A friend once told me the best way to describe fandom was with a “D” word. He said it’s either “dedicated” or “dumb.” In the case of Mets fans, I think both words apply. That was Mom and me — dedicated and dumb together.

Through thick and thin, Mom stuck with her Mets. So did I.

Even when the Mets traded Tom Seaver.

Even when the New York tabloids referred to Shea Stadium as “Grant’s Tomb” in honor of team president M. Donald Grant’s mishandling of the club.

Even when the Yankees got good — I mean really good.

It didn’t matter; Mom remained faithful to her Mets.

Dad’s fandom wasn’t as obvious as Mom’s. Yes, he’d take us to Mets games and watch them on TV. But he was quick to criticize their poor play. Back in the day, there was plenty to gripe about. Some would contend there still is.

When the Yankees became a force in the Nineties, Dad would routinely ask “why can’t the Mets play that well?” My oh my, that didn’t go over well with Mom. She’d steadfastly defend her players, her team. Naturally, their back and forth made me chuckle.

In reality, Dad was a fan too. Just in his own unique way. The channel never strayed to the Yankees unless the Mets weren’t playing.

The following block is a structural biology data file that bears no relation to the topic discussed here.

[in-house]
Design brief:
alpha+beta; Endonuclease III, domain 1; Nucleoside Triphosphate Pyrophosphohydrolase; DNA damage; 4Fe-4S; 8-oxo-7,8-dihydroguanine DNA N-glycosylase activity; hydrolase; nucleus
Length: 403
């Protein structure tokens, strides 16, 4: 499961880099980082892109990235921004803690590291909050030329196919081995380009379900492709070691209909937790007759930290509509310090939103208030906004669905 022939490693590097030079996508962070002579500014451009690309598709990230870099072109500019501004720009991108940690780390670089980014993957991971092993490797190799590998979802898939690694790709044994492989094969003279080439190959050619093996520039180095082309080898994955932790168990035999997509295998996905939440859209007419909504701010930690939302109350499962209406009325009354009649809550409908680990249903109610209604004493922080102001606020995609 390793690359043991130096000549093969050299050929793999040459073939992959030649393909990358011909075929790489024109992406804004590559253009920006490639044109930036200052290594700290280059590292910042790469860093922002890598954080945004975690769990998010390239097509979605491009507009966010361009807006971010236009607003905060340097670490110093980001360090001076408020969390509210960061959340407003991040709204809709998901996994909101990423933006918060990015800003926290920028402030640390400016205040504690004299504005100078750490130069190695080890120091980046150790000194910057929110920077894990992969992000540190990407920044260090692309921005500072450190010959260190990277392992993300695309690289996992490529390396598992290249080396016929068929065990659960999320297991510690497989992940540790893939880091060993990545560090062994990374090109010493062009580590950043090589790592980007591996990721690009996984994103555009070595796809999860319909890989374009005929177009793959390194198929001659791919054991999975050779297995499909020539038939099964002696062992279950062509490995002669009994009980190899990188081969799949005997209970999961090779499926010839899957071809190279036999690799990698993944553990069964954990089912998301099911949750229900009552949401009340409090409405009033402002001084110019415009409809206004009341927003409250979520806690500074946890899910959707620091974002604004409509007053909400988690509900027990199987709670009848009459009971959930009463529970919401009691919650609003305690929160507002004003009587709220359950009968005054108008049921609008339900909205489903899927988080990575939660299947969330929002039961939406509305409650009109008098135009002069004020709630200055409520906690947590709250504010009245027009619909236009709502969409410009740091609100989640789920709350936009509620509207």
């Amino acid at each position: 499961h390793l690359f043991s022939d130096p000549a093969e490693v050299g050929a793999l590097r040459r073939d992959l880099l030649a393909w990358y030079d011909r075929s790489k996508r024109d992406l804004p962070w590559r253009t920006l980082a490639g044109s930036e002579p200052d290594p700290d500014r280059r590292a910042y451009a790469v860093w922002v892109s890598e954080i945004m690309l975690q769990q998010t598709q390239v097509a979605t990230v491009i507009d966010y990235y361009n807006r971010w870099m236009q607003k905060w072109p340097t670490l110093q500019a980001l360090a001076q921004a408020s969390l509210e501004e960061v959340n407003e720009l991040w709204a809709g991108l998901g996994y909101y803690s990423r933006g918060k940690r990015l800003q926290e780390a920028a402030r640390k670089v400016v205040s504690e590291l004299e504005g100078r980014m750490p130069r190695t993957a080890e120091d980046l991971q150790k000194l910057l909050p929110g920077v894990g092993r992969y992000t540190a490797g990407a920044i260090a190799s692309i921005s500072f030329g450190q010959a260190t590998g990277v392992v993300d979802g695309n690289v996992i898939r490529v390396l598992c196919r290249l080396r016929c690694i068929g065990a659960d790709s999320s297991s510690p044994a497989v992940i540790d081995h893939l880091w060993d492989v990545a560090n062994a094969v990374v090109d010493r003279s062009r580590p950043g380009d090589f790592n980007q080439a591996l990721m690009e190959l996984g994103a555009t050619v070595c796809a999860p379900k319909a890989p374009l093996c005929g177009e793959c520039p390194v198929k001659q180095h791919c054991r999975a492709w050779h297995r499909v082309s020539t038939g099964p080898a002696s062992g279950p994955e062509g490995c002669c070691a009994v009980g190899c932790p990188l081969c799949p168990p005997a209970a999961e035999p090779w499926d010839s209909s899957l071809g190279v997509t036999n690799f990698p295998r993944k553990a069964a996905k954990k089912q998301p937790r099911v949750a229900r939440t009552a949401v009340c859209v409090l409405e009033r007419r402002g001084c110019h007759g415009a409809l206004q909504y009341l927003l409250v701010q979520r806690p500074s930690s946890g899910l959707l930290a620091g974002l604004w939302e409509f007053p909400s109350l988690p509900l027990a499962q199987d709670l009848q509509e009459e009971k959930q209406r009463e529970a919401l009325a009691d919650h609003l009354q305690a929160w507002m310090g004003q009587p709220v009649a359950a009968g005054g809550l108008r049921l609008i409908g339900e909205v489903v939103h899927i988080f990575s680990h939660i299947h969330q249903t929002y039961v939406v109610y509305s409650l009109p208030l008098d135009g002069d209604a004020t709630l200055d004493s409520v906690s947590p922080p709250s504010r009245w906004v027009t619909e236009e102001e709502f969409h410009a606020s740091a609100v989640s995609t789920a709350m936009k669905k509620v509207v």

Thankfully, Mom did get to see her Mets win it all in 1986, although watching them lose to the Yankees in the 2000 World Series was especially frustrating.

And about those Yankees. Mom was a very kind person, but she wasn’t particularly fond of several Bronx Bombers. Topping her list was Paul O’Neill, who she considered “rude” because of his dugout temper tantrums. From what I’ve gathered, O’Neill wasn’t too popular in Seattle either.

After joining the Navy, I rarely had a chance to watch games with my parents. Yet, my weekly calls home would always shift to the Mets when Mom and I chatted. She’d revel in the good stuff, while fiercely defending them when I pointed out their blemishes. I guess I have some of my Dad in me after all.

When I deployed overseas, Mom would regularly send care packages to bring a little bit of home to the ship. There were plenty of treats, but I could always count on her sending newspaper clippings about the Mets.

When the Internet became readily available at sea, I didn’t have the heart to tell Mom I already knew what was going on with our team. What did it matter? Our Mets fandom always kept us connected. I didn’t want to mess with a good thing.